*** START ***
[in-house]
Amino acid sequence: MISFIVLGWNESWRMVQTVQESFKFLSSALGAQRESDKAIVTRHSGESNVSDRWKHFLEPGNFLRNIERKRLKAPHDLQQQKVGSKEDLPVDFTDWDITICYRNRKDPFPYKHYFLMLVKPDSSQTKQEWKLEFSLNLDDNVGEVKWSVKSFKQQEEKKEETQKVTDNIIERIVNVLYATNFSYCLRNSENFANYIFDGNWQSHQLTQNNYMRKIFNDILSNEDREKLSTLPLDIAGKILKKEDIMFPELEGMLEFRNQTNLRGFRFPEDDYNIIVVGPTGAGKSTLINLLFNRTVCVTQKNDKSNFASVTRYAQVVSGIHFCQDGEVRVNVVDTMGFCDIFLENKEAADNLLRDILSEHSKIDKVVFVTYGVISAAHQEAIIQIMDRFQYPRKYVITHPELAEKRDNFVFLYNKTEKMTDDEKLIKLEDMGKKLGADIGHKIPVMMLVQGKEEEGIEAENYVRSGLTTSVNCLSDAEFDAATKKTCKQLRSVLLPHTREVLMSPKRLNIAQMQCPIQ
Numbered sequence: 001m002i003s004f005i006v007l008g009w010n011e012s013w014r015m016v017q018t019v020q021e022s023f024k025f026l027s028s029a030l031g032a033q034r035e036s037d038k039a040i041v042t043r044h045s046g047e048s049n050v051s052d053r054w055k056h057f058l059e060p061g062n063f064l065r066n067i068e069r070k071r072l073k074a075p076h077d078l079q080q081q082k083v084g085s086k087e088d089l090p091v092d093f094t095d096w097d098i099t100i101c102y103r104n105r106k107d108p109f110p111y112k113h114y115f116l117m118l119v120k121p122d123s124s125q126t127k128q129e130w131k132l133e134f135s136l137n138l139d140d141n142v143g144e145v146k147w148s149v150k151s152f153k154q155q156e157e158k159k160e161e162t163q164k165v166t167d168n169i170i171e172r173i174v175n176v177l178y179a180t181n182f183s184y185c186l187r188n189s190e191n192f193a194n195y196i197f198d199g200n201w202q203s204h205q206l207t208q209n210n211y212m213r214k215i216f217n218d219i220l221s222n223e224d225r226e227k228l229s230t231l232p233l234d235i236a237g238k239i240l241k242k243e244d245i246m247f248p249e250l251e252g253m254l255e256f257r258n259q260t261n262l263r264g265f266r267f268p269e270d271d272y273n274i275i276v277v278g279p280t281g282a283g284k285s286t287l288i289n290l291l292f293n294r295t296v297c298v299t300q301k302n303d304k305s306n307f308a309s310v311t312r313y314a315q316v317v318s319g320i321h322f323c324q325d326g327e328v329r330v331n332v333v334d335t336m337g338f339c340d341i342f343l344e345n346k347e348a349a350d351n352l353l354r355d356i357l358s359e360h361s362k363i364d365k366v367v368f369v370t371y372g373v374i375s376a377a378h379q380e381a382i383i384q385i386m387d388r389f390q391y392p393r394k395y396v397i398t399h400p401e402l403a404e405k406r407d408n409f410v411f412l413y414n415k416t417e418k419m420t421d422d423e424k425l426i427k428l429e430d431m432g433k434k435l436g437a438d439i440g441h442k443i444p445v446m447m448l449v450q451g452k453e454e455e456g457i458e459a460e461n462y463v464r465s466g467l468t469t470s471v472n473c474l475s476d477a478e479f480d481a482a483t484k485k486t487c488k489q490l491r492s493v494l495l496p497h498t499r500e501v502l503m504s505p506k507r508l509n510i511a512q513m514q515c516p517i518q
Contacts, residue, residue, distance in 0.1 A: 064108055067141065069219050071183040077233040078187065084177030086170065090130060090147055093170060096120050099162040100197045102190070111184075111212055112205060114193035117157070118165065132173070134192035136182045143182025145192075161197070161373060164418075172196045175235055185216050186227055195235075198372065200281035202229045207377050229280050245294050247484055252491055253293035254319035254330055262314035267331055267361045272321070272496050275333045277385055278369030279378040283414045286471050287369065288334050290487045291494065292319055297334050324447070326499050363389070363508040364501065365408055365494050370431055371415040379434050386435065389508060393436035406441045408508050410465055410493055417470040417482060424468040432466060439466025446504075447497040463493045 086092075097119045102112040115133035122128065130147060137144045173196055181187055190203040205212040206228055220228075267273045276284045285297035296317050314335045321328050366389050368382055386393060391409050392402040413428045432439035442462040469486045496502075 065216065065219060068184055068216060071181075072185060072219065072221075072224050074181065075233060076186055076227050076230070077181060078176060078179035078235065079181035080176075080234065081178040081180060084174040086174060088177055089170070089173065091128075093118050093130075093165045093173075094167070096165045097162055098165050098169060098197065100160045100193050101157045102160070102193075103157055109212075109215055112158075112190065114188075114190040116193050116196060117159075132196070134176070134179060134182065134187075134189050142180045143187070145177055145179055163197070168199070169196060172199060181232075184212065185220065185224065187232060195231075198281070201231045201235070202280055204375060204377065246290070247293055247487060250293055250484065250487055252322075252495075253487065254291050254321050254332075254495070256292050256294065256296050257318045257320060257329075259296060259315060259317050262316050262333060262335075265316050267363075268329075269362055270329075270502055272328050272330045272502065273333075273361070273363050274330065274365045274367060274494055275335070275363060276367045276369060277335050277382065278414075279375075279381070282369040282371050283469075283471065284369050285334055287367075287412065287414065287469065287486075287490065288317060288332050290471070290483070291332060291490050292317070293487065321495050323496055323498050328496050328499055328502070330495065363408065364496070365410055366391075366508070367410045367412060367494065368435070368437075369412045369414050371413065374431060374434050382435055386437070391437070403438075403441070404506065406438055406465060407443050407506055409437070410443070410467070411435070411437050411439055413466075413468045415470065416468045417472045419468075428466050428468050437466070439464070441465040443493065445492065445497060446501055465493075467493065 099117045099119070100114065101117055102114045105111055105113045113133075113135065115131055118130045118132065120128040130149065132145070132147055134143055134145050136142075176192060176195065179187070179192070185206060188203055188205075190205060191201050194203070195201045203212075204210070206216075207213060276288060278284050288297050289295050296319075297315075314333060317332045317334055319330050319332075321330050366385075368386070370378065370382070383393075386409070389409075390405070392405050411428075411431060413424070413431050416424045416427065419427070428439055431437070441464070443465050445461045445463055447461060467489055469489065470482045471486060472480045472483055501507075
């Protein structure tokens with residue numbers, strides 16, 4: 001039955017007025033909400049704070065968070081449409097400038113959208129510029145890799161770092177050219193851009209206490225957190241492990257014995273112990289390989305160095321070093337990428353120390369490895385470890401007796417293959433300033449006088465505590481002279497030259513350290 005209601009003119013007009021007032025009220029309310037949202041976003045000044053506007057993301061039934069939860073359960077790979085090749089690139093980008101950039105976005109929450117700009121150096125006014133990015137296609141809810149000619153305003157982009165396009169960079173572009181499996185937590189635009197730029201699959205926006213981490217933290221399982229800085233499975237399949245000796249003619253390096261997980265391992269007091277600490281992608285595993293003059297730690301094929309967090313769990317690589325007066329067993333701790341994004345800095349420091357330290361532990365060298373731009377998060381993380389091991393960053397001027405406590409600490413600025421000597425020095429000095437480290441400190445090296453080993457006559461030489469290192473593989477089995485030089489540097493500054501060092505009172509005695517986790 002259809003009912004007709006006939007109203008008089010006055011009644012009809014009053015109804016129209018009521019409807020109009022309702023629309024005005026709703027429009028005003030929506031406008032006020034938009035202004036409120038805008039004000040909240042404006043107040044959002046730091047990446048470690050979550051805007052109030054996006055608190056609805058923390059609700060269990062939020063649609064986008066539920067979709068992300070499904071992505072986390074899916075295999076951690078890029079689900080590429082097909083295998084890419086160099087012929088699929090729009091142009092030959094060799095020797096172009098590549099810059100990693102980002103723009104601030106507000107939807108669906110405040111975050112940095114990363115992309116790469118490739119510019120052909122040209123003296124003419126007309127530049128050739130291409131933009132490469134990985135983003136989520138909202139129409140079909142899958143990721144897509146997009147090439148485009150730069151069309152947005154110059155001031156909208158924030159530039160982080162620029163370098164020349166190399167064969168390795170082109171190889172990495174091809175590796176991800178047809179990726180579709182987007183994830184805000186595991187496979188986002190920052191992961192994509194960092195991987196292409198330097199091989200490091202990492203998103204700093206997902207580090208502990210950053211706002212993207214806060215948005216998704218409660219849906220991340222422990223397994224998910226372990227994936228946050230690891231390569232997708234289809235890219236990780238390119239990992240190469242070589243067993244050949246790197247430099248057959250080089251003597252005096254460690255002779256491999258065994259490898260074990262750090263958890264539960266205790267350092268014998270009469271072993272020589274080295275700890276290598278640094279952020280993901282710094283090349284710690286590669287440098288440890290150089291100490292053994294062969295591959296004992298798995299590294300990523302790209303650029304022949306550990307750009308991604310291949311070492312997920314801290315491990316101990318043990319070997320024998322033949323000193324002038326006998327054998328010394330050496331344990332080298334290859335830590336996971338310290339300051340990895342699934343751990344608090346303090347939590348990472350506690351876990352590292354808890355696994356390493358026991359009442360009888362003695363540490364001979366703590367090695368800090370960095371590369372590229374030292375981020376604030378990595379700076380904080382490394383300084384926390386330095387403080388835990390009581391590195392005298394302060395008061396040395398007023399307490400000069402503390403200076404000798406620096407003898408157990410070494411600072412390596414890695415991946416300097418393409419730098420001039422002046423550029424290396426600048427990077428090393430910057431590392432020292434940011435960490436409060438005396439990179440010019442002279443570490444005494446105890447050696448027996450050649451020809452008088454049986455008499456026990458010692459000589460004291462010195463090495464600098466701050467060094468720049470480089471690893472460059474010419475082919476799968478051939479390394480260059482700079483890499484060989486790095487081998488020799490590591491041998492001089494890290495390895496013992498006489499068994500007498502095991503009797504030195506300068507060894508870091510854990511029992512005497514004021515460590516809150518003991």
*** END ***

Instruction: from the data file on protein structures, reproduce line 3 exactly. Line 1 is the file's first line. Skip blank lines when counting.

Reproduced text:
Numbered sequence: 001m002i003s004f005i006v007l008g009w010n011e012s013w014r015m016v017q018t019v020q021e022s023f024k025f026l027s028s029a030l031g032a033q034r035e036s037d038k039a040i041v042t043r044h045s046g047e048s049n050v051s052d053r054w055k056h057f058l059e060p061g062n063f064l065r066n067i068e069r070k071r072l073k074a075p076h077d078l079q080q081q082k083v084g085s086k087e088d089l090p091v092d093f094t095d096w097d098i099t100i101c102y103r104n105r106k107d108p109f110p111y112k113h114y115f116l117m118l119v120k121p122d123s124s125q126t127k128q129e130w131k132l133e134f135s136l137n138l139d140d141n142v143g144e145v146k147w148s149v150k151s152f153k154q155q156e157e158k159k160e161e162t163q164k165v166t167d168n169i170i171e172r173i174v175n176v177l178y179a180t181n182f183s184y185c186l187r188n189s190e191n192f193a194n195y196i197f198d199g200n201w202q203s204h205q206l207t208q209n210n211y212m213r214k215i216f217n218d219i220l221s222n223e224d225r226e227k228l229s230t231l232p233l234d235i236a237g238k239i240l241k242k243e244d245i246m247f248p249e250l251e252g253m254l255e256f257r258n259q260t261n262l263r264g265f266r267f268p269e270d271d272y273n274i275i276v277v278g279p280t281g282a283g284k285s286t287l288i289n290l291l292f293n294r295t296v297c298v299t300q301k302n303d304k305s306n307f308a309s310v311t312r313y314a315q316v317v318s319g320i321h322f323c324q325d326g327e328v329r330v331n332v333v334d335t336m337g338f339c340d341i342f343l344e345n346k347e348a349a350d351n352l353l354r355d356i357l358s359e360h361s362k363i364d365k366v367v368f369v370t371y372g373v374i375s376a377a378h379q380e381a382i383i384q385i386m387d388r389f390q391y392p393r394k395y396v397i398t399h400p401e402l403a404e405k406r407d408n409f410v411f412l413y414n415k416t417e418k419m420t421d422d423e424k425l426i427k428l429e430d431m432g433k434k435l436g437a438d439i440g441h442k443i444p445v446m447m448l449v450q451g452k453e454e455e456g457i458e459a460e461n462y463v464r465s466g467l468t469t470s471v472n473c474l475s476d477a478e479f480d481a482a483t484k485k486t487c488k489q490l491r492s493v494l495l496p497h498t499r500e501v502l503m504s505p506k507r508l509n510i511a512q513m514q515c516p517i518q